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After twenty years of regular monthly reminders that “I am Woman,” this absence of regularity is somewhat confusing. I am thirty-six, and part of what makes this tough is that a lot of people outside of my support network have never heard of this condition [premature menopause] and don’t always realize what I am going through, emotionally and physically. It feels like getting hit broadside by a speeding menopause bullet train to Hell, and you’re up to your eyeballs with symptoms that make whacking yourself over the head with a two-by-four seem like a fun idea. Now what? —Leah
MORE THAN SIX THOUSAND women enter menopause each day. For many, this change of life arrives too suddenly or too soon. Early or premature menopause results from a wide variety of causes—and is much more common than you think. Women who suffer from an autoimmune disorder, have survived cancer, undergone a hysterectomy, been diagnosed with premature ovarian failure, or who just inherited a bad case of genetics can all experience changes in their ovarian function. More than 5 million women have either experienced early menopause or are at risk for experiencing it.
What’s the big deal? There was a musical made about menopause—how bad can it be? Older women often embrace menopause as an entry into a new (and sometimes better) phase of life. Think of it: a new sense of self-assurance, grown kids, no mortgage, increased disposable income, and more free time—who isn’t ready for that?
But early menopause doesn’t rate the same hoopla. You get lots of the symptoms, none of the perks. And doctors aren’t really sure what to do with you. Instead, women are left wondering, “What the hell is going on? This isn’t supposed to be happening—not at this age, anyway! What’s a girl to do?” This book will help you better understand early menopause (including exactly what it is, why it happens, and what it should be more accurately called) and provide you with the necessary information and skills you need to take control of your life, mind, body, and soul.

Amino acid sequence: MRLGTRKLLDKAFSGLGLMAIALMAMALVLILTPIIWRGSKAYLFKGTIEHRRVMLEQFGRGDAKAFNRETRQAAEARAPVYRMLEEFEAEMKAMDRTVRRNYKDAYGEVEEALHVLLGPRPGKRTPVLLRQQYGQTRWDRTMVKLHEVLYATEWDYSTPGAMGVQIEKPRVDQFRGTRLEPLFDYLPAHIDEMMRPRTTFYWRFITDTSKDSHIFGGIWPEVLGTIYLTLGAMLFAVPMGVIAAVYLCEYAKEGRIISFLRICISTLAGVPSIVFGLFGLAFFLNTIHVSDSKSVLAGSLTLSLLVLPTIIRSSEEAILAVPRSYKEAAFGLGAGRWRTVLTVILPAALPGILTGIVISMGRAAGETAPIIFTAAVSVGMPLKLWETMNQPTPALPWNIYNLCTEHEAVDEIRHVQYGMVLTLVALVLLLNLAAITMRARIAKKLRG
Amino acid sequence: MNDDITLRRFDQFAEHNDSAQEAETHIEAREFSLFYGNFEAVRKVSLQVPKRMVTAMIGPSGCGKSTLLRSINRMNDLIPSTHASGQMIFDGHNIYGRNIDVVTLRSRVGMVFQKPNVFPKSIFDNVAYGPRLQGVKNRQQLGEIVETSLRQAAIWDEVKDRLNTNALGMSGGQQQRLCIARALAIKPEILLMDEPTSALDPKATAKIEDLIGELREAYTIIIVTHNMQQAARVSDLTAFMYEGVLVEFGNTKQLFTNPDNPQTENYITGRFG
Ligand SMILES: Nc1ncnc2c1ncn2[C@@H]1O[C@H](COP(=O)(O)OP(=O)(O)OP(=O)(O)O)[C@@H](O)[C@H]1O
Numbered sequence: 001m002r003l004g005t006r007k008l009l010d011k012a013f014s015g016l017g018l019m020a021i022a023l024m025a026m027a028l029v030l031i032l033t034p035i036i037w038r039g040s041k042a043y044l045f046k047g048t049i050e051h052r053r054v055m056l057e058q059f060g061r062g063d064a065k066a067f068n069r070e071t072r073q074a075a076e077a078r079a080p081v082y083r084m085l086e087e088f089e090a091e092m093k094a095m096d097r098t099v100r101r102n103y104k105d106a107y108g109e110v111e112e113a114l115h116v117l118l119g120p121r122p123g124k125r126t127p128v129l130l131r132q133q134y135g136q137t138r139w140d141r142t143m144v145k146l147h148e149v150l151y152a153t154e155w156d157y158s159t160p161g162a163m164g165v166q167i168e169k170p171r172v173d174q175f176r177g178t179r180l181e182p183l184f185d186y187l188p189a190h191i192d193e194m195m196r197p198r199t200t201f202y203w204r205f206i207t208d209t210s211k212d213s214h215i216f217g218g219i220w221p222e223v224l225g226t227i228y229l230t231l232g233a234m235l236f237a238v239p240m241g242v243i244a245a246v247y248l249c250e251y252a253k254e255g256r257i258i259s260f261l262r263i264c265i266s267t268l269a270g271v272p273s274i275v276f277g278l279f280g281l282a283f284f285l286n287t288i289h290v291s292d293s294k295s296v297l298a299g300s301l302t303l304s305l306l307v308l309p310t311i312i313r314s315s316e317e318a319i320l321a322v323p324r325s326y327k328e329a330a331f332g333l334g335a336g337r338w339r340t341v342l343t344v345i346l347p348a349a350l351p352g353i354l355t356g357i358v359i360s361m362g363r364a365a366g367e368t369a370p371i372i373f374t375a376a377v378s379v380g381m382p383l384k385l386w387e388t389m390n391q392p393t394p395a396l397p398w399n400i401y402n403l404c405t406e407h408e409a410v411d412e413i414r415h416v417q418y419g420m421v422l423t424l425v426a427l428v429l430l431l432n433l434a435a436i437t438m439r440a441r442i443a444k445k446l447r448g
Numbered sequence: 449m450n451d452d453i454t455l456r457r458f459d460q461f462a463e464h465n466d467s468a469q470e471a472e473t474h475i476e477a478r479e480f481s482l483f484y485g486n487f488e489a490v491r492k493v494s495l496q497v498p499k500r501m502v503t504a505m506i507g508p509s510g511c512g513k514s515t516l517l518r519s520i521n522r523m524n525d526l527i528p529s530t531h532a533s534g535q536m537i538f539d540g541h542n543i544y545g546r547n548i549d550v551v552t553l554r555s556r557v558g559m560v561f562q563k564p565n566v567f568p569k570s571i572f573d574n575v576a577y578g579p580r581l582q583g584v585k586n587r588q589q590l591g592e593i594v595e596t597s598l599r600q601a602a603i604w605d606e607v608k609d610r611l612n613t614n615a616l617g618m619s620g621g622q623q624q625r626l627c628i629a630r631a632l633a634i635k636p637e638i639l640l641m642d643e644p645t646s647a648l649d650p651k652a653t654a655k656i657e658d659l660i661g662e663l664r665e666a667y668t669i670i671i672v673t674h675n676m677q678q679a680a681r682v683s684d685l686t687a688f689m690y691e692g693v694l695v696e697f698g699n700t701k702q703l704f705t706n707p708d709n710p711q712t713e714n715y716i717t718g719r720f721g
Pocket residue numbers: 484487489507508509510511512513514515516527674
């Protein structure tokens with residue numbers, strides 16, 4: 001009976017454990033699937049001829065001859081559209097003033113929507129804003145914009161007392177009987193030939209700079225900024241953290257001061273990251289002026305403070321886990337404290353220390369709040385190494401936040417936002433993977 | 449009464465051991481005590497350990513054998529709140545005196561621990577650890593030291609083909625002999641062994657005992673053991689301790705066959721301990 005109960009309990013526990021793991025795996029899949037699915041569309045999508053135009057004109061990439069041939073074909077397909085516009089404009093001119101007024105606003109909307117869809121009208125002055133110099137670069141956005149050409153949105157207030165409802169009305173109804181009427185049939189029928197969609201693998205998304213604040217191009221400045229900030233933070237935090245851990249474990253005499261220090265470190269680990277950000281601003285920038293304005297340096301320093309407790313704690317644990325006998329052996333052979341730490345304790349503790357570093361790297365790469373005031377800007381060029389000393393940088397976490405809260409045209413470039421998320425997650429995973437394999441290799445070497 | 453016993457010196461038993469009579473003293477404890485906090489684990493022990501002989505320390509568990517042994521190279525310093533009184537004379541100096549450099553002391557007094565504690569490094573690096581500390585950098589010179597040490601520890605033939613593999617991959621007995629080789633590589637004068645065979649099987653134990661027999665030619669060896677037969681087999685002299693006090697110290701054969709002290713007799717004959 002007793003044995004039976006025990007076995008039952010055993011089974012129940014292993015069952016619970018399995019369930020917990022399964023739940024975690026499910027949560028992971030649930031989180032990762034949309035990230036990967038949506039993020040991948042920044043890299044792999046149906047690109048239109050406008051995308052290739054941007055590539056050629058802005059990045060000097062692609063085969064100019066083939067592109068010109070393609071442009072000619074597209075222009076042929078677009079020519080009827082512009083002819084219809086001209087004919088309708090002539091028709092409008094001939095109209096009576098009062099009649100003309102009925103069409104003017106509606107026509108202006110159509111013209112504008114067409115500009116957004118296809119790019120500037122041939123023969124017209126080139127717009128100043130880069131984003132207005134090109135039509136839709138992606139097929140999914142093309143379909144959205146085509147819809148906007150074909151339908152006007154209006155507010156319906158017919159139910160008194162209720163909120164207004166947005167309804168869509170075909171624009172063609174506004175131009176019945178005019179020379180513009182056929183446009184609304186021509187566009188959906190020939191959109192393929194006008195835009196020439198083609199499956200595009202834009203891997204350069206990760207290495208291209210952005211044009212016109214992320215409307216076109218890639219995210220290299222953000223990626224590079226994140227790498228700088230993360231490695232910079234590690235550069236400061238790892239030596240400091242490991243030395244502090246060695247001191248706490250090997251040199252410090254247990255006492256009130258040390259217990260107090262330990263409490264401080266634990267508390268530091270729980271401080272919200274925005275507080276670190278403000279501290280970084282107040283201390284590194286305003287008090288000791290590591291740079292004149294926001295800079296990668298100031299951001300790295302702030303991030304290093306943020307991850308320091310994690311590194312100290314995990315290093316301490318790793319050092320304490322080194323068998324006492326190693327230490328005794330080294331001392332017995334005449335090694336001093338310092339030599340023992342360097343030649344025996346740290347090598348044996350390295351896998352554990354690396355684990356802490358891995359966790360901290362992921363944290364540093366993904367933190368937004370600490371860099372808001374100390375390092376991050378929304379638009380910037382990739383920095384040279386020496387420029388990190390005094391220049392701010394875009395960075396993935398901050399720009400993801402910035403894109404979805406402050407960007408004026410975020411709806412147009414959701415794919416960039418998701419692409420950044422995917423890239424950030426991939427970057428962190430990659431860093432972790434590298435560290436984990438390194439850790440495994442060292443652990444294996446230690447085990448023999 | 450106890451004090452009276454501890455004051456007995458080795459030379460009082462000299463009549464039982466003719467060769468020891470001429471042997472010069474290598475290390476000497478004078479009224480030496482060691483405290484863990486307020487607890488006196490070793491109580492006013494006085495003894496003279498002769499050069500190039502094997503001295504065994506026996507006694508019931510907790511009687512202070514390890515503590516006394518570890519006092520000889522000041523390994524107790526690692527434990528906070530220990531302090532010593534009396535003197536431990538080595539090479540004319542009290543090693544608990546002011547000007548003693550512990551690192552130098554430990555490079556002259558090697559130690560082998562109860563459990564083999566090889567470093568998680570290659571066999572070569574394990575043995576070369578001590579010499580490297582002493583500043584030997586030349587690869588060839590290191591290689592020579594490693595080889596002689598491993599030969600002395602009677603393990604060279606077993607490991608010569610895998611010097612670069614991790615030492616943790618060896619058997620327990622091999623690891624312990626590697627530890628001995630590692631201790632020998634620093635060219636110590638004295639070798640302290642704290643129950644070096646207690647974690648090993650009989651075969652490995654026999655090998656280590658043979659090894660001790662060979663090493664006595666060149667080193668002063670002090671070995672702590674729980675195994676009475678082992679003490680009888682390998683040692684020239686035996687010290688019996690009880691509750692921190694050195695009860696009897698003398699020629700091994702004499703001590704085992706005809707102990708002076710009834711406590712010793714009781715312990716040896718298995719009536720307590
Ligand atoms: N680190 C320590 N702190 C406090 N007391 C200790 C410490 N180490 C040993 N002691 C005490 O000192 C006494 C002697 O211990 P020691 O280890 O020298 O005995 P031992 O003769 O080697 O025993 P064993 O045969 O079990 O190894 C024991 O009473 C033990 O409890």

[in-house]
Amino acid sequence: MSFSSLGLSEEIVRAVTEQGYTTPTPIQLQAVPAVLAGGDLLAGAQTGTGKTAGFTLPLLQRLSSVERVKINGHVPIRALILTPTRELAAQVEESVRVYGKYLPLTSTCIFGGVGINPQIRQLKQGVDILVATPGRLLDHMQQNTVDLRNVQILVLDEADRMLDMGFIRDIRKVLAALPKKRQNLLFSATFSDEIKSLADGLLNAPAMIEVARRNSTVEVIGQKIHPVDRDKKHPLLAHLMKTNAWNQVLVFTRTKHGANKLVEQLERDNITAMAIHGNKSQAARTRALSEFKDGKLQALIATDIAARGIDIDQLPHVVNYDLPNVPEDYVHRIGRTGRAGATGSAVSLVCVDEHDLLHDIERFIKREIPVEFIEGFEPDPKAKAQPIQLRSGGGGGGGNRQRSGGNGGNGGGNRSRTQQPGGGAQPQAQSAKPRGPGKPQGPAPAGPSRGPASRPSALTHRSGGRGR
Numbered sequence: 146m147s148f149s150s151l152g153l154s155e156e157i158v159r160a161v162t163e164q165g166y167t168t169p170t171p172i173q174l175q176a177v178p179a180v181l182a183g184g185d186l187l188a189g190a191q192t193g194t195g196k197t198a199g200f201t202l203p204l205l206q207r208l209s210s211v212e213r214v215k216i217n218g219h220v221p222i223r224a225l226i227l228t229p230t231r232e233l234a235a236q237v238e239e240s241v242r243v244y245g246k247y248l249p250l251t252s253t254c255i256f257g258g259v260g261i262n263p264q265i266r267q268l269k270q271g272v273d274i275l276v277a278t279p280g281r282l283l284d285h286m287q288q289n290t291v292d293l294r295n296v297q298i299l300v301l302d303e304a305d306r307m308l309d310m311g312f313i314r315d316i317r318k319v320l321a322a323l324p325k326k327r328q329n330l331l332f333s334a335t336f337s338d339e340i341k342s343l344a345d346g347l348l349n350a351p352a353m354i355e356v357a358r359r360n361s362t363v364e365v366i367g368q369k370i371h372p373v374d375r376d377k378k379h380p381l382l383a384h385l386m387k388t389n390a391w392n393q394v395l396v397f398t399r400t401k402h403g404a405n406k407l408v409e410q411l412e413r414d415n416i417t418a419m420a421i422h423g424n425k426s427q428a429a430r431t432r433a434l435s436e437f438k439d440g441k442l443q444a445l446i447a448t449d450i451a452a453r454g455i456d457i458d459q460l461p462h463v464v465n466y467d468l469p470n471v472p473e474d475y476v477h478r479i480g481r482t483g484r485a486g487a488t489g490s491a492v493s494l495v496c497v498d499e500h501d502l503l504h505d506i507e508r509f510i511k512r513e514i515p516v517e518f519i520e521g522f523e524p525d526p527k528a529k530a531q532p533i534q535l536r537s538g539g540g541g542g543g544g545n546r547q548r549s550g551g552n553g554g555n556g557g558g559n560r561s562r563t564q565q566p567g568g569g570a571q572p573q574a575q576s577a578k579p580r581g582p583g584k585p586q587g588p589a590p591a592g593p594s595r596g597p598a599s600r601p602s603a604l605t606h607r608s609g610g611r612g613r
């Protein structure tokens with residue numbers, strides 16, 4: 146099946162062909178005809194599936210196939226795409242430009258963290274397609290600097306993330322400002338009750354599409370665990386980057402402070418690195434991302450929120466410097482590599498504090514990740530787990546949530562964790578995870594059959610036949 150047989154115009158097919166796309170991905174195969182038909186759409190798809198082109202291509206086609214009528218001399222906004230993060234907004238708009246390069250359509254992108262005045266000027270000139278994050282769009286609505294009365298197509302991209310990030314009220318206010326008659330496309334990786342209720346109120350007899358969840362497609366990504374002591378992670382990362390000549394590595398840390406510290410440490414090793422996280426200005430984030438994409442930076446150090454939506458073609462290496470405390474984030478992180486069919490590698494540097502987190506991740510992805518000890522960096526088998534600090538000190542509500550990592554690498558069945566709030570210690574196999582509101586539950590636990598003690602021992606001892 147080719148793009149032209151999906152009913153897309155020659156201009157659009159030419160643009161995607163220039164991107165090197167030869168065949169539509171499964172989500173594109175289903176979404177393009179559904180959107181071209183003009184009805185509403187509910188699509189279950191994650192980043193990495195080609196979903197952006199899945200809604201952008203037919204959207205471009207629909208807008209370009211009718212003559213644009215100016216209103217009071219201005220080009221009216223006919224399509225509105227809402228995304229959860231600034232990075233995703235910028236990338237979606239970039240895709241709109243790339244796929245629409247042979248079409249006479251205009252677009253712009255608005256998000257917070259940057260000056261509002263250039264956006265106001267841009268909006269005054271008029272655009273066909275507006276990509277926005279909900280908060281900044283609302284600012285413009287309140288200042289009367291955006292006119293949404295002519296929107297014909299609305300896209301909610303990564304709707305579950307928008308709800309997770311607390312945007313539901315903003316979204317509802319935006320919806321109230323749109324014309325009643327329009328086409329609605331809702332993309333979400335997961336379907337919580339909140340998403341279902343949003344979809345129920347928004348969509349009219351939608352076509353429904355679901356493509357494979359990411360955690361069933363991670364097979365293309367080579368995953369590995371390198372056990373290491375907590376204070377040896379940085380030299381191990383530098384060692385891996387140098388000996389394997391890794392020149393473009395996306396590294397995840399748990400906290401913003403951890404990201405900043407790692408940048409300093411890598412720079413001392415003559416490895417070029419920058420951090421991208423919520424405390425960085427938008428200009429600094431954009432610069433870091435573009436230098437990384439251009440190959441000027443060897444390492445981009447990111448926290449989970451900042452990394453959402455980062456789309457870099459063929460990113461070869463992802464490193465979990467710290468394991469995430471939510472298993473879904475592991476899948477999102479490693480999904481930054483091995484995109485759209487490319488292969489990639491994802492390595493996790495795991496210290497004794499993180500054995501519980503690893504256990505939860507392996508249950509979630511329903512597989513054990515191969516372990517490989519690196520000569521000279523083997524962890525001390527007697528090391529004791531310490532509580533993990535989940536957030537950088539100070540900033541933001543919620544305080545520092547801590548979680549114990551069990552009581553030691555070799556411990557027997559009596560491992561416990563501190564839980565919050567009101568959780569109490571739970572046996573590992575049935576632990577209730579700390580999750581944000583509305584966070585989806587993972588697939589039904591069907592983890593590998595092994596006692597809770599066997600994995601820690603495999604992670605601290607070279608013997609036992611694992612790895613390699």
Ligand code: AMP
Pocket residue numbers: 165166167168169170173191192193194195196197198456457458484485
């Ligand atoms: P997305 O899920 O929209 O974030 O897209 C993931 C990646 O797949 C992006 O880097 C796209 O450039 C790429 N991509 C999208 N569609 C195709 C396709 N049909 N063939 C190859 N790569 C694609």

Before we embarked on this project, we had many questions ourselves. Searching on the Internet and in bookstores for books on menopause, we were bombarded with images of friendly, older, “grandmotherly” types. You know the pictures—a woman with perfectly coiffed silver hair, usually wearing some pastel shade, either gardening or surrounded by colorful flowers. She is smiling one of those huge smiles that extend ear to ear as if saying “Isn’t this grand!” It can be if you’re in your fifties and menopause is seen as a badge of honor.
But what about for younger women—what’s in it for them? No resources reflected the struggles described by women we knew. We knew there had to be something better. We needed something that would speak to the millions of women who are blindsided by irregular menstrual cycles or early menopause wreaking havoc in their otherwise normal lives. We started asking women’s health experts: What are women who go through this supposed to do? Unfortunately, a common response was “menopause is menopause” at any age. But not all women are the same. Most women in their twenties, thirties, or even forties have very little in common with their mother’s or grandmother’s generations. Why, then, should the experiences be the same?
Our sex lives are different. Changing hormones strain relationships far differently when you are in your thirties than it does for women in their fifties. The treatments aren’t the same either. Women have different questions about hormone therapy. What might be safe and appropriate for an older woman to take for a decade or so may not be safe for her daughter to take for forty years or vice versa—what may be recommended for younger women may not be right for older women. Plus, family-building plans are impacted.
Early menopause isn’t something we talk about easily with girlfriends. At our age, most women’s reproductive cycles run like clockwork. Women may have several friends and colleagues going through the same issues but never know it. More than one woman has kept tampons in her desk drawer so her colleagues won’t suspect she isn’t “normal.” Many women who go through this feel alone.